It takes a lot to get me excited about new technologies.

Partly that’s because of my training in economic history. For every revolutionary invention that works, there are hundreds that don’t. Flying machines are a good case in point…

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But it’s also because in today’s bet-it-all stock market environment, it’s too easy to get sucked into story stocks that have nothing behind them but hype.

That natural skepticism gives me the ability to spot the real winners at the right time.

For example, early last year I identified an opportunity in the semiconductor sector for my Alpha Stock Alert.

A small article in an obscure technology journal caught my attention. It identified big consumers that were switching to this company’s product, for seemingly mundane reasons.

Some told me I was crazy to pick such a “dog” stock. Since then Alpha Stock Alert subscribers have taken hefty profits several times on the pick, which is still going strong.

That technology had reached a tipping point … one that took it from potential to actuality. In the language of economic historians, it went from merely having been “invented” to being “innovated” into profitable real-world uses.

Now I’m convinced that the time is come to jump in with both feet on another set of technologies that have been around for a long time … but whose time in the sun has finally come.

Solar: A Matter of Time

For most of human history, the sun has provided our energy … at least, indirectly. Now it’s cheaper to go straight to the source.

All fossil fuels represent stored solar energy. Ancient plants used sunlight to photosynthesize. Those plants or the animals that ate them died and were buried under the earth’s surface, where immense pressure over millions of years converted them into oil or coal.

Converting this stored solar energy back into a usable form is expensive, wasteful and damaging to the planet. It requires billions of dollars to extract, process and convert into usable energy … and to mitigate its damage to the environment.

Human beings have known how to copy plants’ ability to turn sunlight into energy for more than a century. The first photovoltaic (PV) cell was invented by Charles Fritts in 1883. But three things have prevented the widespread adoption of solar energy:

  • First, it’s taken more than a century to make PV cells efficient and cheap enough for practical use. Fritts’ original cell only converted 1% of potential solar energy into electricity. It incorporated a thin film of gold, which made its electricity prohibitively expensive. Today, advances in efficiency and lower production costs mean the best commercially available solar cells achieve efficiencies of 20 to 22%. Techniques now under development have reached 40% efficiency.
  • Second, the direct cost of generating energy from fossil fuels has still been cheaper. As long as the cost of a megawatt-hour of electricity from coal or gas was less than that of solar — ignoring, of course, the broader environmental costs — there was no incentive to make the switch.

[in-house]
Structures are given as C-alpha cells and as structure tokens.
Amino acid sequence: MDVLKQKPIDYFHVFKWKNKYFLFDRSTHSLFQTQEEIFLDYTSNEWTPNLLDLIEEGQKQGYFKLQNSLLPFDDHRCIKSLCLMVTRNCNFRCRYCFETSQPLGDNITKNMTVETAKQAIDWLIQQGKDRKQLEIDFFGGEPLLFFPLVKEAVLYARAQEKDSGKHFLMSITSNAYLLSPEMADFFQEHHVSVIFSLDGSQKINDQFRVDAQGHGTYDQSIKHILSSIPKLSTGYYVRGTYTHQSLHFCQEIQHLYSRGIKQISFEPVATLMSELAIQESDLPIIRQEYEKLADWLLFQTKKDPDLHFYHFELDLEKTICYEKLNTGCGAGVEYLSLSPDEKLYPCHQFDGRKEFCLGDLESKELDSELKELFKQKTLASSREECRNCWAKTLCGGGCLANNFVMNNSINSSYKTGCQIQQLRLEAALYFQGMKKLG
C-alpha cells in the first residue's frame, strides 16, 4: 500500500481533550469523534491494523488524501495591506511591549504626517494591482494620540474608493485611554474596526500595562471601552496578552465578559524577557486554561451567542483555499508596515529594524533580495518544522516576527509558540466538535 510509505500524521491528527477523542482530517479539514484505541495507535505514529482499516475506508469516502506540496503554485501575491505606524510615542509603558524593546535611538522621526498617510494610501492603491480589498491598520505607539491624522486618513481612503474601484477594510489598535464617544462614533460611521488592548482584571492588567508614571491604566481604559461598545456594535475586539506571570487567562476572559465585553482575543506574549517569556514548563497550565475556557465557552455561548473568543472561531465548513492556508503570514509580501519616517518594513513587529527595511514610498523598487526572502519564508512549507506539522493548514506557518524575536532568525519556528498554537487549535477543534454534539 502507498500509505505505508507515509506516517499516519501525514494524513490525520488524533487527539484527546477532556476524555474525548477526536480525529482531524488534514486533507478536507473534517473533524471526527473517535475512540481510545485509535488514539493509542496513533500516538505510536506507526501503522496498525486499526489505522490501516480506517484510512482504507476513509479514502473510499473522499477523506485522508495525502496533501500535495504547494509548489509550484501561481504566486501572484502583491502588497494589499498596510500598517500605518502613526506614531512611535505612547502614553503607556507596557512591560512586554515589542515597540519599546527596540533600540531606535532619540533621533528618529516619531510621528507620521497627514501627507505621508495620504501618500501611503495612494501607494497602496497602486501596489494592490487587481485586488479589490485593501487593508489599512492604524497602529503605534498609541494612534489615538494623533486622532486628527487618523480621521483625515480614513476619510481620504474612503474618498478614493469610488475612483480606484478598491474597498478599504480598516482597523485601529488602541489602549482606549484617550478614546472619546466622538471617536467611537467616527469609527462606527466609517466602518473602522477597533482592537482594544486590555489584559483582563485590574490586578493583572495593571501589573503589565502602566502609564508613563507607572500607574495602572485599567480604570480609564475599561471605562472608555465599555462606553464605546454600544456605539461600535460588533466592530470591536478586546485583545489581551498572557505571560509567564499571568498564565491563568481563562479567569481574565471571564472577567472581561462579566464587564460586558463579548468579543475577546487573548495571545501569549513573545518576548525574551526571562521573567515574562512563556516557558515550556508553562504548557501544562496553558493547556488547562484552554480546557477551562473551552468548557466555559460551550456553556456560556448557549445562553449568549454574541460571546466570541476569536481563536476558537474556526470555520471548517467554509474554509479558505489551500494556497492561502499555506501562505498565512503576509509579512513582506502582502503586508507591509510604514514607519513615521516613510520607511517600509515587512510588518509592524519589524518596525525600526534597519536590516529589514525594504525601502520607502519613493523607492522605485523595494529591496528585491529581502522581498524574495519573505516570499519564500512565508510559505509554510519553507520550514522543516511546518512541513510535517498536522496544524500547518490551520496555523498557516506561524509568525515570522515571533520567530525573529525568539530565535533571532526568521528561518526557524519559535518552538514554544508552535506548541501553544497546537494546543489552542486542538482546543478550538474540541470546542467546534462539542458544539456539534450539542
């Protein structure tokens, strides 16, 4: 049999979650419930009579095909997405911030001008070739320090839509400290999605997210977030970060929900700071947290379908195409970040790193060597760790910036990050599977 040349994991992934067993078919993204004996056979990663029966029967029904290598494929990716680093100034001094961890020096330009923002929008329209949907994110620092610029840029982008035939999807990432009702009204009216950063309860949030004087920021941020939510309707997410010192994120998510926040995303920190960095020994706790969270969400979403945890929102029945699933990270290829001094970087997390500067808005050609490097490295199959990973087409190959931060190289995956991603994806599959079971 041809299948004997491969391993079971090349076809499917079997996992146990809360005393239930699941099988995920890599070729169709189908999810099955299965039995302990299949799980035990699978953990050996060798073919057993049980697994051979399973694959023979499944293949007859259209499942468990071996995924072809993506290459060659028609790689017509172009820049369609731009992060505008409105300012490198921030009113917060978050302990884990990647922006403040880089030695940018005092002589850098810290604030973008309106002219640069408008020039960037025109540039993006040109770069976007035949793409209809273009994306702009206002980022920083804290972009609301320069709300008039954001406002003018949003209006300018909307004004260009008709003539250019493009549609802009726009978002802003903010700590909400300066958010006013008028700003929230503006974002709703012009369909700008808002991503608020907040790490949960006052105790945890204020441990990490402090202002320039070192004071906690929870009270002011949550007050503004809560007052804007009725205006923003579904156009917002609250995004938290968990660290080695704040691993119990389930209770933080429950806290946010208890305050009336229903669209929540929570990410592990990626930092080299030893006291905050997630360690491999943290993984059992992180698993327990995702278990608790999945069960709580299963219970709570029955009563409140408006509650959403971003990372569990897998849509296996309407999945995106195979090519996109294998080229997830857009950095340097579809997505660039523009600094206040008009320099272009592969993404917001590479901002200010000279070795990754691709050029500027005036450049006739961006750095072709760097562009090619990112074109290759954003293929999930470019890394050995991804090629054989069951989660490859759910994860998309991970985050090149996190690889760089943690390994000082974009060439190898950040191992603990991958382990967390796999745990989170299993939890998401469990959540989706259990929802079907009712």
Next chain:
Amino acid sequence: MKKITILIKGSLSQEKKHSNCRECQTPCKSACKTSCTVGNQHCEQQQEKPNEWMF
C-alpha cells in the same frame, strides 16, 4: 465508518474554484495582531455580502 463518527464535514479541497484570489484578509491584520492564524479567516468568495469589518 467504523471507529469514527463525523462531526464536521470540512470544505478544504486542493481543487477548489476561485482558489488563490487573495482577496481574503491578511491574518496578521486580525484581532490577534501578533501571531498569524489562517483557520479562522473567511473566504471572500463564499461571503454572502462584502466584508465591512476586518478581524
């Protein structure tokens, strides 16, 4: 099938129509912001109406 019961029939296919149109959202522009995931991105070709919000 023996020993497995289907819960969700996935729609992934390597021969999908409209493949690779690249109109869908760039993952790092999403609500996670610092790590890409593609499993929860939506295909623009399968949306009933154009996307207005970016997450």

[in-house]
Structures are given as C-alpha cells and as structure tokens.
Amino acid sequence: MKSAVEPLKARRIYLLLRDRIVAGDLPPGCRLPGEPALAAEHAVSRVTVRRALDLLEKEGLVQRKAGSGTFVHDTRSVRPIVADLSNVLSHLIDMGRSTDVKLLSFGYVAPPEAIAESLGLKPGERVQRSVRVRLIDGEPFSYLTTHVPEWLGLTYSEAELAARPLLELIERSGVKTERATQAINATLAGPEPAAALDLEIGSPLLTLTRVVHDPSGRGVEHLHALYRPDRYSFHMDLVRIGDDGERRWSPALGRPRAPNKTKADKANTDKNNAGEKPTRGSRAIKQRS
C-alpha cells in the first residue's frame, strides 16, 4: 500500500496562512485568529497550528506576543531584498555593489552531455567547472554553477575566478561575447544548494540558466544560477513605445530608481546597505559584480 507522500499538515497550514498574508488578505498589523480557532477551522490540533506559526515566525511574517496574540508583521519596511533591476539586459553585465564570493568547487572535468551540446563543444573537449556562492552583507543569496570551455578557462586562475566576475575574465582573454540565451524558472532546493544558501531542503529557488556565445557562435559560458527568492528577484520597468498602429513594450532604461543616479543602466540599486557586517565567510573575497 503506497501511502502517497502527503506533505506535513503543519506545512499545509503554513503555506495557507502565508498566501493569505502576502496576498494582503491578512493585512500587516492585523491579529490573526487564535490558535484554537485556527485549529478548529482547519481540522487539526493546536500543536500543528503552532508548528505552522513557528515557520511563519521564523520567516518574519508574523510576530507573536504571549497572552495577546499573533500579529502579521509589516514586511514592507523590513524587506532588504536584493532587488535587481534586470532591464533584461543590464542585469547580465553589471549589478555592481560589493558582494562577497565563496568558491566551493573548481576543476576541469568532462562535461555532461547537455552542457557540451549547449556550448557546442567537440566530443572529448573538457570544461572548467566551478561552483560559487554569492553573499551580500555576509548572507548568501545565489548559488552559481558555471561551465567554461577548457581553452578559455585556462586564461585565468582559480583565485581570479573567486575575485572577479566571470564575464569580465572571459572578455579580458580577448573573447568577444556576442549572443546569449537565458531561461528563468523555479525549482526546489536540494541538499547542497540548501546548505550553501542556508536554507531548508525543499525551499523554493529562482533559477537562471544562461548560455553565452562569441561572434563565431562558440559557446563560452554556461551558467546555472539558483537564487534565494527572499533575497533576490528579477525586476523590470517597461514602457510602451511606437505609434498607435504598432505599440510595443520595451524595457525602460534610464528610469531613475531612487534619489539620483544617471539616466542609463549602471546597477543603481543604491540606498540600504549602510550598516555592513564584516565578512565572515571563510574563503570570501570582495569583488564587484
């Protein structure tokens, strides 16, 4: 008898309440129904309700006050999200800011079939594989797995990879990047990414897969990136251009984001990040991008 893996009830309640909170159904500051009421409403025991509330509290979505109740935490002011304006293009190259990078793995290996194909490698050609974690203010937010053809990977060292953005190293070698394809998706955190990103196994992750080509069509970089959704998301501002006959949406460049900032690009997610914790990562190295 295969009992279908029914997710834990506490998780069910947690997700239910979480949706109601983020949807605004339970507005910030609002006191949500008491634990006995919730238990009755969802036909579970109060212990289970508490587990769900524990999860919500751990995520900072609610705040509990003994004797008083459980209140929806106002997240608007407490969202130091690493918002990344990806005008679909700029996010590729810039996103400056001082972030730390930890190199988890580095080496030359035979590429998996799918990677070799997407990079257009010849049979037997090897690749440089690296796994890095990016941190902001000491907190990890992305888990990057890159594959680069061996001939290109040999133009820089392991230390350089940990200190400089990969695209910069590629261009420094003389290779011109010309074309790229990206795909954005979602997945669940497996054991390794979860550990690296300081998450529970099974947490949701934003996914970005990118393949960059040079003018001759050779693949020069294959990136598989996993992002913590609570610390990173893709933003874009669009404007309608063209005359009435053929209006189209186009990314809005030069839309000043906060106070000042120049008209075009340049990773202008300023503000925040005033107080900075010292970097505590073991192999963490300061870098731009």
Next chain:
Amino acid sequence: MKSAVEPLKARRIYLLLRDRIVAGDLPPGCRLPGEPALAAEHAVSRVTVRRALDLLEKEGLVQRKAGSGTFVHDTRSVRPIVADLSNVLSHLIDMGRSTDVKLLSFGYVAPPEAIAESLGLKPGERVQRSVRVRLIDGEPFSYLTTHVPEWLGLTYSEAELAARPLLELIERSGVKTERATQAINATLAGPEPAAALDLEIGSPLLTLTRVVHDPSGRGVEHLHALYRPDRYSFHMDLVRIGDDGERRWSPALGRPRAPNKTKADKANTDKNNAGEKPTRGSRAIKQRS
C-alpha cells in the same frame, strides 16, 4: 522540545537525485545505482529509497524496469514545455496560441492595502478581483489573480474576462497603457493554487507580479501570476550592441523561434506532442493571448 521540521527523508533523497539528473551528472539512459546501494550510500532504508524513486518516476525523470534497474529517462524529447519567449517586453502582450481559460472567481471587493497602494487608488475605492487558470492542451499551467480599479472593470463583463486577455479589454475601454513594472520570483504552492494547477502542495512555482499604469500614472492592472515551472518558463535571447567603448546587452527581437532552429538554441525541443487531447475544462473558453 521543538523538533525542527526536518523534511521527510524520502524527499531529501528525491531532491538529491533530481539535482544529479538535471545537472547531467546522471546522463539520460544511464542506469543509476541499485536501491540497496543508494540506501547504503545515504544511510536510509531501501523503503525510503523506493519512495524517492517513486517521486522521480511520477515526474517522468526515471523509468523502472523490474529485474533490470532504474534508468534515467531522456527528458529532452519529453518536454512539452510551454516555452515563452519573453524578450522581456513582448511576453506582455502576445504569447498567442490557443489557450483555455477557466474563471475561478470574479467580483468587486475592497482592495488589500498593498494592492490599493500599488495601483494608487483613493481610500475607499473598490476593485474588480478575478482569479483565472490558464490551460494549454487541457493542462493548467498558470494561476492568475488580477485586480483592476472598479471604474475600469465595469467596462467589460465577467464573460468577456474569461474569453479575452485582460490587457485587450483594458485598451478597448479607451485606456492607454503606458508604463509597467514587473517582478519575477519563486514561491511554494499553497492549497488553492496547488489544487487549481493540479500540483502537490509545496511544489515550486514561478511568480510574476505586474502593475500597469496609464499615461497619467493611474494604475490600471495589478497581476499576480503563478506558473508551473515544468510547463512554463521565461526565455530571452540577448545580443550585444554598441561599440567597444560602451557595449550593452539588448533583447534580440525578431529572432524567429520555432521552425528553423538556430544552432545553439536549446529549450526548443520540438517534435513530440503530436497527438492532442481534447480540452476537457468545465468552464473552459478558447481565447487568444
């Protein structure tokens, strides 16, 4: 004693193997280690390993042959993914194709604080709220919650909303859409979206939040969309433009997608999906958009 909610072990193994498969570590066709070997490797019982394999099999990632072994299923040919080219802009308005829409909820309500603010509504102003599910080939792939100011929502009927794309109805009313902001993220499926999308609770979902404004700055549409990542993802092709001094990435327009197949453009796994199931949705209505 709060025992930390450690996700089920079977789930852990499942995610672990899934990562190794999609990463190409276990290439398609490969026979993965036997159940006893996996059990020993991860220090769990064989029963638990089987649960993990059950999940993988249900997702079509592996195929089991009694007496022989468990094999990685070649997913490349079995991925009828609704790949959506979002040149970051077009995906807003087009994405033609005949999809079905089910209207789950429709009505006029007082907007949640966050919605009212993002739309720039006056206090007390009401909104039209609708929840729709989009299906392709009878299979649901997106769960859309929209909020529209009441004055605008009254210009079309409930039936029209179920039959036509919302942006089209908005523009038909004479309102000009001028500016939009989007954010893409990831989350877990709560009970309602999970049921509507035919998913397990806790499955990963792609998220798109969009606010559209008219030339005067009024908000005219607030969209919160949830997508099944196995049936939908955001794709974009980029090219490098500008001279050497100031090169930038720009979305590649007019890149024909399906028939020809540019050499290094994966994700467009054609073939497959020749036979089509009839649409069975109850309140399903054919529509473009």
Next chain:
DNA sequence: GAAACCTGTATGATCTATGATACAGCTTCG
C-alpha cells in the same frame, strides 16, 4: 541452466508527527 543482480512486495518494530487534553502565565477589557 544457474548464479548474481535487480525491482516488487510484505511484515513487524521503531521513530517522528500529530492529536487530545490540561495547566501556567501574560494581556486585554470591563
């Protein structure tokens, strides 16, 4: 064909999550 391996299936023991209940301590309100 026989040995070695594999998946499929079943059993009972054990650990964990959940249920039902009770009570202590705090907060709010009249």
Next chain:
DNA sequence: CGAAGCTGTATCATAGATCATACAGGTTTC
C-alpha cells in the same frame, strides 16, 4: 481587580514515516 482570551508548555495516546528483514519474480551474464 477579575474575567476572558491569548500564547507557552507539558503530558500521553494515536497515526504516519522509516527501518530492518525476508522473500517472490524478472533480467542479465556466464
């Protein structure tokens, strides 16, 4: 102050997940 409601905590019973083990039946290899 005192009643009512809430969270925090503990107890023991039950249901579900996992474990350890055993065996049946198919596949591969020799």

• Third, once the per-megawatt hour cost of solar energy began to approach that of fossil fuel, vested interests convinced politicians to penalize solar users. Energy producers and electricity utilities argued that it was “unfair” for individual homeowners to generate their own solar electricity since the utilities had already spent money to connect their homes to the grid.

Solar’s Time to Shine

The average cost of solar energy in North America fell below that of coal in 2013. It fell below natural gas in 2015:

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At the same time, politicians and regulators have reluctantly accepted that the external costs of fossil fuel-generated electricity have to be included in the calculation. When the costs of pollution, climate change and human health are factored in, the long-term cost of coal and nuclear power vastly exceeds that of solar.

It will become cheaper than utility-scale natural gas later in this decade:

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Ride the Sunbeams to Profits

The history of solar power illustrates a critical factor that many investors overlook. Technologies aren’t neutral. Whether they are deployed or not depends as much on politics and power as it does on science and rationality.

That’s why I have become increasingly bullish on the solar power sector. Although the current crop of politicians in Washington has tried to turn back the clock in favor of coal, the raw economics mean that simply isn’t going to happen.

Instead, I predict that our political class is going to accept the fact that solar energy is both cheaper to produce and better for everyone. The fabricated obstacles that have stood in its way are likely to subside over the next decade.

We humans have finally caught up with the potential of our own inventions. To take advantage of that, I recommend the exchange-traded fund (ETF) Invesco Solar ETF (NYSE: TAN). Its holdings cover the range of subsectors involved in solar production, including manufacturing, storage and distribution.

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After trading sideways along with the broader market for most of the last three years, TAN has broken out this year. It’s up over 65% year to date.

So put on your sunglasses, open the blinds and let the profits shine in.

Kind regards,

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Ted Bauman

Editor, The Bauman Letter